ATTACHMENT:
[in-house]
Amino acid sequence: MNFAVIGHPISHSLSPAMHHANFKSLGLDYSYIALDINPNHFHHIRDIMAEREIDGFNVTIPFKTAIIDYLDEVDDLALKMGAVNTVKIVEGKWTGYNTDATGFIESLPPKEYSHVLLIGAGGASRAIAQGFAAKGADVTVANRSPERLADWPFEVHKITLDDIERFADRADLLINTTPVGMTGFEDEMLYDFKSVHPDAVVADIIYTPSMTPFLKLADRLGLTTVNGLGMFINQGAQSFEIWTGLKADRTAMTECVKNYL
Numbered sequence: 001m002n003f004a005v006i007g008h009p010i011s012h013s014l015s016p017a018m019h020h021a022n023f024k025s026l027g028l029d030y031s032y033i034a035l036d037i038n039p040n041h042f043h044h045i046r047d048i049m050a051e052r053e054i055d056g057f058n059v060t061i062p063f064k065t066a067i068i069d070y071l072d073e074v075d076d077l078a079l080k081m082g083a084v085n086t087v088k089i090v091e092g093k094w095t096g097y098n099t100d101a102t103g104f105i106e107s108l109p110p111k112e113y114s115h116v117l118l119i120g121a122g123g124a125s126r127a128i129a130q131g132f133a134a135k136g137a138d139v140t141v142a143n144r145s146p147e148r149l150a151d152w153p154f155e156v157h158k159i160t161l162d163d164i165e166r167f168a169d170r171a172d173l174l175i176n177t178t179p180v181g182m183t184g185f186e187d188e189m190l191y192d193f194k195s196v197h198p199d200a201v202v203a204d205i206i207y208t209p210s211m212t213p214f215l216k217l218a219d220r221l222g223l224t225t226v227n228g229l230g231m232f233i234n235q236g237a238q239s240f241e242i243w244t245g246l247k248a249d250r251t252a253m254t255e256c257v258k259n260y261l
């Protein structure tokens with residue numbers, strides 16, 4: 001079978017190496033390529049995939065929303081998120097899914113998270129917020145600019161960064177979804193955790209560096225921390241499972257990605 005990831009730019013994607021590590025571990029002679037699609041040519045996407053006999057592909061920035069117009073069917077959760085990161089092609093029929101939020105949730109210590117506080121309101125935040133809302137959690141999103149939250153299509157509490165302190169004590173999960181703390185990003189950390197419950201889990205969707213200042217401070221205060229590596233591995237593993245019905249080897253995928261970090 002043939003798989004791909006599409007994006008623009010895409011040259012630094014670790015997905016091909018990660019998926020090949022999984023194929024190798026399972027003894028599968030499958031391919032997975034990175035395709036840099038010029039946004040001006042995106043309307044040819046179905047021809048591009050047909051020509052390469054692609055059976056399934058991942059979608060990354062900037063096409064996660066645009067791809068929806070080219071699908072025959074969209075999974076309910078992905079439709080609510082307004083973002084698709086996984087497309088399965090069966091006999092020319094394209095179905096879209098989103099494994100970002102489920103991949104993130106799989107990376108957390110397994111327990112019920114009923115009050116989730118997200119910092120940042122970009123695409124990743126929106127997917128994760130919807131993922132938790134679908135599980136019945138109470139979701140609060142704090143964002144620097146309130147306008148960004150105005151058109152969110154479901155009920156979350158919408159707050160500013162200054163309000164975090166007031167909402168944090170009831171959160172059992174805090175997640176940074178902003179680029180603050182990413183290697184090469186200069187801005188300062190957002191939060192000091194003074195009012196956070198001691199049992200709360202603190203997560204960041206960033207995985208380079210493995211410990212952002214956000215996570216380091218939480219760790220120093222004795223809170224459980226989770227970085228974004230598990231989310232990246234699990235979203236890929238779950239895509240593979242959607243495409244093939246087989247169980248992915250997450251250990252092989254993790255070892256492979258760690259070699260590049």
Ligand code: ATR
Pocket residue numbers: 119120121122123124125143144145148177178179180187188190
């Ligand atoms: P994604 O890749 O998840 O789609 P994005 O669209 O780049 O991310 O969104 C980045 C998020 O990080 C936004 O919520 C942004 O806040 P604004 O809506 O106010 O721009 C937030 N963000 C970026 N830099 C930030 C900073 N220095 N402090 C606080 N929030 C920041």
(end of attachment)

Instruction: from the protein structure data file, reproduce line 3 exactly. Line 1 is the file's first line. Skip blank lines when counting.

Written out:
Numbered sequence: 001m002n003f004a005v006i007g008h009p010i011s012h013s014l015s016p017a018m019h020h021a022n023f024k025s026l027g028l029d030y031s032y033i034a035l036d037i038n039p040n041h042f043h044h045i046r047d048i049m050a051e052r053e054i055d056g057f058n059v060t061i062p063f064k065t066a067i068i069d070y071l072d073e074v075d076d077l078a079l080k081m082g083a084v085n086t087v088k089i090v091e092g093k094w095t096g097y098n099t100d101a102t103g104f105i106e107s108l109p110p111k112e113y114s115h116v117l118l119i120g121a122g123g124a125s126r127a128i129a130q131g132f133a134a135k136g137a138d139v140t141v142a143n144r145s146p147e148r149l150a151d152w153p154f155e156v157h158k159i160t161l162d163d164i165e166r167f168a169d170r171a172d173l174l175i176n177t178t179p180v181g182m183t184g185f186e187d188e189m190l191y192d193f194k195s196v197h198p199d200a201v202v203a204d205i206i207y208t209p210s211m212t213p214f215l216k217l218a219d220r221l222g223l224t225t226v227n228g229l230g231m232f233i234n235q236g237a238q239s240f241e242i243w244t245g246l247k248a249d250r251t252a253m254t255e256c257v258k259n260y261l